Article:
Interestingly much of the family’s troubles stemmed from the very qualities that made them successful in the first place. John I’s ambition and acquisitiveness led him to a position where he became an executor to the will of Sir John Fastolf. Sir John had made himself rich in land and money through his conquests in France and two days before he died made a new will leaving nearly everything to John Paston, effectively cutting out 11 other executors to the will. When John I took possession of these lands and buildings all hell broke loose with powerful interests issuing legal challenges and martial force to get what they thought was due to them. This led to one of the most exciting events described in the letters; the siege of Caister Castle. John III has been left to defend the castle as John II has by this time taken over his fathers business in London. John III urgently asks John II to send men, crossbows and gunpowder. Margaret writes to Jon II saying help is urgently required as she would rather loose their livelihood than any of the lives of the men helping John III to defend the castle. Its all frantic stuff. Margaret is able to reflect years after the events to her son John III who is still in danger from retribution over the Fastolf inheritance.

“Wherefore in any wise beware of yourself, for I can think they give no force what to do to be venged and to put you fro your intent, that they might have their will in Sir John Fastolf’s land. I had liefer ye had never know the land. Remember it was the destruction of your father.”

Marriage and love is another key theme in these letters. At this time marriages were arranged with the important factor being what both parties could bring to the table, either in money, position and in the case of young women reputation (lack of it). Times were however starting to change and there is much made of two marriages that were certainly love matches and in one, Margaret ostracised her daughter Margery who was bent on marrying their estates manager Richard Calle. Margaret thought the marriage was beneath their station and got a bishop to tell her daughter just that. Margaret writing to John II says:

“I charged my servants that she should not be received in mine house. I had given her warning, she might be ware afore if she had a be gracious. And I sent to one or two more that they should not receive her if she came. She was brought again to my place for to be received, and Sir James (the chaplain) told them that brought her that I had charged them all, andshe should not be received; and so my lord of Norwich hath set her at Roger Best’s to be there till the day beforesaid, God knoweth full evilagain his will and his wife’s if they durst do otherwise.”

John III received perhaps the most famous letter in this collection; the so called Valentine letter from Margery Brews. There were protracted negotiations over the amount of the dowry and Margery wrote to John telling him how much she loved him and included a charming love poem.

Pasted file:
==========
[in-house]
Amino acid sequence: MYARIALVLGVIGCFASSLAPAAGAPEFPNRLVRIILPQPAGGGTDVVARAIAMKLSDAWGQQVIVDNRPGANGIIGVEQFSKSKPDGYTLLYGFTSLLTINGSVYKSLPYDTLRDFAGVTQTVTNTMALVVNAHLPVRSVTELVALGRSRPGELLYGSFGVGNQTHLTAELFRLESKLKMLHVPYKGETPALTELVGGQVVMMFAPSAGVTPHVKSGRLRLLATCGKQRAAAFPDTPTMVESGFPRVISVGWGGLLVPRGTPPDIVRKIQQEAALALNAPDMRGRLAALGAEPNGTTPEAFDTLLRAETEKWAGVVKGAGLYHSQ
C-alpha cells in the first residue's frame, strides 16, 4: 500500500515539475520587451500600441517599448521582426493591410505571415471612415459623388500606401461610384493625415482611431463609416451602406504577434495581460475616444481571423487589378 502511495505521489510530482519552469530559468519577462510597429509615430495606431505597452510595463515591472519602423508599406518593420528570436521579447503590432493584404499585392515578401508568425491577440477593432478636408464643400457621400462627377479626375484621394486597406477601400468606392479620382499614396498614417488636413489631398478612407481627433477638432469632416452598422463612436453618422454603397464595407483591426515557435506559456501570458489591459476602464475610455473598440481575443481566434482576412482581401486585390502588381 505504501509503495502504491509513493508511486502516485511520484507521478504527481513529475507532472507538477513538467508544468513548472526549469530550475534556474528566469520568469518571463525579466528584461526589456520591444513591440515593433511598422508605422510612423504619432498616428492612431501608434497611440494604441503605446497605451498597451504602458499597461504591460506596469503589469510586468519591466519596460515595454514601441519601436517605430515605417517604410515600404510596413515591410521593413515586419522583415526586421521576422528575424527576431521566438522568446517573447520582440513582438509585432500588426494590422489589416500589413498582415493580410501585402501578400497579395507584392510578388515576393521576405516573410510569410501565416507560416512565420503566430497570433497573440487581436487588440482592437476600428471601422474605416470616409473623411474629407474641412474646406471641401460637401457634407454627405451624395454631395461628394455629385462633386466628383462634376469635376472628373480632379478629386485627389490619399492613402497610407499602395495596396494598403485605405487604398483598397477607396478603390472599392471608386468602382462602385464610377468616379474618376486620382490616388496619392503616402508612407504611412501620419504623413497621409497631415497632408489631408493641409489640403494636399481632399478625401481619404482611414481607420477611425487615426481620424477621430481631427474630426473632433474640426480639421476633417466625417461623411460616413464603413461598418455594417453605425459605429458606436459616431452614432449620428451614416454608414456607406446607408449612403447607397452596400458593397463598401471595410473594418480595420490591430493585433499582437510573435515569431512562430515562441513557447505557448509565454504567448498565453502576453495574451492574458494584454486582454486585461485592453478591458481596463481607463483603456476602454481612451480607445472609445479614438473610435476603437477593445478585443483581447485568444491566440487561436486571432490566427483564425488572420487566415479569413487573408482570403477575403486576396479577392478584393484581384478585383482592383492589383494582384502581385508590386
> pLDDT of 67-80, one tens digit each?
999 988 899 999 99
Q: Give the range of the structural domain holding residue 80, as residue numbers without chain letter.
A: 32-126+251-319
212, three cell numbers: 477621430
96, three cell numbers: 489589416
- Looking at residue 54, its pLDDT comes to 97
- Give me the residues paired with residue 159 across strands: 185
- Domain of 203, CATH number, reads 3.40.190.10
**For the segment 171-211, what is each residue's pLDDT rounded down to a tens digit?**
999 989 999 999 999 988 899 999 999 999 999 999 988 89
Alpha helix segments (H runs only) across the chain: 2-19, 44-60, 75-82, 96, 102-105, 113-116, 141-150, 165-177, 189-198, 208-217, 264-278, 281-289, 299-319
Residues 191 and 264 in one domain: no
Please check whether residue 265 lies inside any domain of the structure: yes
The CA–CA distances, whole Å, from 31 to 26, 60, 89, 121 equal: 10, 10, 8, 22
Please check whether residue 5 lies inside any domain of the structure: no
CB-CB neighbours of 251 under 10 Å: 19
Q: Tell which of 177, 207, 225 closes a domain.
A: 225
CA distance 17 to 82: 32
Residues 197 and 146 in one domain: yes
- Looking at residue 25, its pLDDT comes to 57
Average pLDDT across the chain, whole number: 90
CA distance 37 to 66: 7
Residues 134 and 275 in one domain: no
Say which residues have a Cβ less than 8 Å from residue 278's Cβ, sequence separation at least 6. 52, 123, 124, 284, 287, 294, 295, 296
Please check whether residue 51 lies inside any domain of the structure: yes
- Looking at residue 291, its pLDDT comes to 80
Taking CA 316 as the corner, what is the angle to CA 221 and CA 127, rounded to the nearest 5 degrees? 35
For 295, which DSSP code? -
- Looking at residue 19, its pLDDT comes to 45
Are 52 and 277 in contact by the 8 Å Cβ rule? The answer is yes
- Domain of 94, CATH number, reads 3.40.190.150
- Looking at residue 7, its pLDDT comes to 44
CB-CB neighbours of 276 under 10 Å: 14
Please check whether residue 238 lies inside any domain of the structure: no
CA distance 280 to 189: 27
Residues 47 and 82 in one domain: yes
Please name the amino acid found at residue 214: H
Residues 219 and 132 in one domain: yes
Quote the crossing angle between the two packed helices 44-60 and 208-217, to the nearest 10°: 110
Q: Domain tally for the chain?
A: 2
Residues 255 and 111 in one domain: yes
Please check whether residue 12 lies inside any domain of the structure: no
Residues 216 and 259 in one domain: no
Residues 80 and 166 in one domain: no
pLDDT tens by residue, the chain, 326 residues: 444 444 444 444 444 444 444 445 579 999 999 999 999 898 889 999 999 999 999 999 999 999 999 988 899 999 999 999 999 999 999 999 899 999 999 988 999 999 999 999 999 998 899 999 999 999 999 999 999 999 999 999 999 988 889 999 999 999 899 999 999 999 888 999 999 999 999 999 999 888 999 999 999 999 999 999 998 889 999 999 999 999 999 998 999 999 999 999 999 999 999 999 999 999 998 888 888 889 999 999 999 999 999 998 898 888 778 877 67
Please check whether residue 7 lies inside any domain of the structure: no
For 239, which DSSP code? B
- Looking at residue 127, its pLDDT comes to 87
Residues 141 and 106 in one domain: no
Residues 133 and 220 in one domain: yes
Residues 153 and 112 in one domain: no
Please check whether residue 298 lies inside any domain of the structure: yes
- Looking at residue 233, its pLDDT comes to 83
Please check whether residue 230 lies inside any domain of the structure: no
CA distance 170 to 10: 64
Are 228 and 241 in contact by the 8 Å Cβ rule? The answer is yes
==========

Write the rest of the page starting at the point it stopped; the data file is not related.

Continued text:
Other issues covered by these letters are the difficulties for a young courtier in gaining access to people of importance. John II is castigated by his father for his lack of success. We hear of John III attached to Lord Norfolk’s entourage, shivering away (he only owns one gown) in wet cold Wales where his Lordship is gathering his forces. Both John II and John III fought at the battle of Barnet on the Lancastrian side and had to then seek pardons from the Yorkist king. John III was wounded; his brother wrote to their mother to say that “he is alive and fareth well and in no peril of death. Nevertheless he is hurt with an arrow on his right arm beneath the elbow” The Black Death reappears at intervals and John II dies of it in London after insisting on staying there to further the family’s interest. Family members are warned not to go to Norwich after another outbreak. The church plays a less significant part in the family affairs than one may think. We hear of other people making pilgrimages and of instructions for prayers in various wills, but Margaret is the only family member who regularly invokes the power if God. Towards the end of her life she becomes more and more under the influence of Sir James a powerful fighting man of the cloth and it is with undisguised glee that his death is celebrated by her sons.

The Getting of land the getting of money at a time when the population of the country was suffering from both internal warfare and the plague, is the major theme of these letters. Times were hard indeed but the Pastons managed to more than keep their heads above water through diligence and graft and they did this without losing their humanity. These are letters and so there is no connecting narrative, also there are references to people and places that are not obvious to readers today. Some of the jokes and some of the inferences are lost to us, but there is more than enough here to hold our interest and it is fun to read between the lines. The world Classics Edition contains a useful introduction a brief biography of family members and a timeline of the major historical events, as well as some notes following each letter; just enough to keep the reader grounded in the contents of the letters. And the letters themselves? Well they are not great literature, but they are well enough written, the spelling and some of the language has been modernised to make them intelligible and there is also an index of words. There really is so much of interest in the content of these letters, that for anybody attracted to the history of this period then I would recommend that you give these letters a try. They are essential and a five star read..

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Author nameRoleType of authorWork?Status
Davis, NormanEditorprimary authorall editionsconfirmed
Paston Familymain authorall editionsconfirmed
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The archive of letters and papers written by and associated with the Paston Family of Norfolk, England in the 15th and early 16th century have been presented in various formats -- complete sets of varying numbers of volumes; selections on different principles; even illustrated editions -- by half a dozen or more different editors. Because many of these books are just entitled "The Paston Letters" or some variant thereof it is not safe to combine them merely because they seem to have the same title. These have been separated, more or less, by editor and edition. The editors have been given status as primary or main author so that they appear on the appropriate editor's page, and most have "The Paston Family" entered as a main author, so they also appear on that page.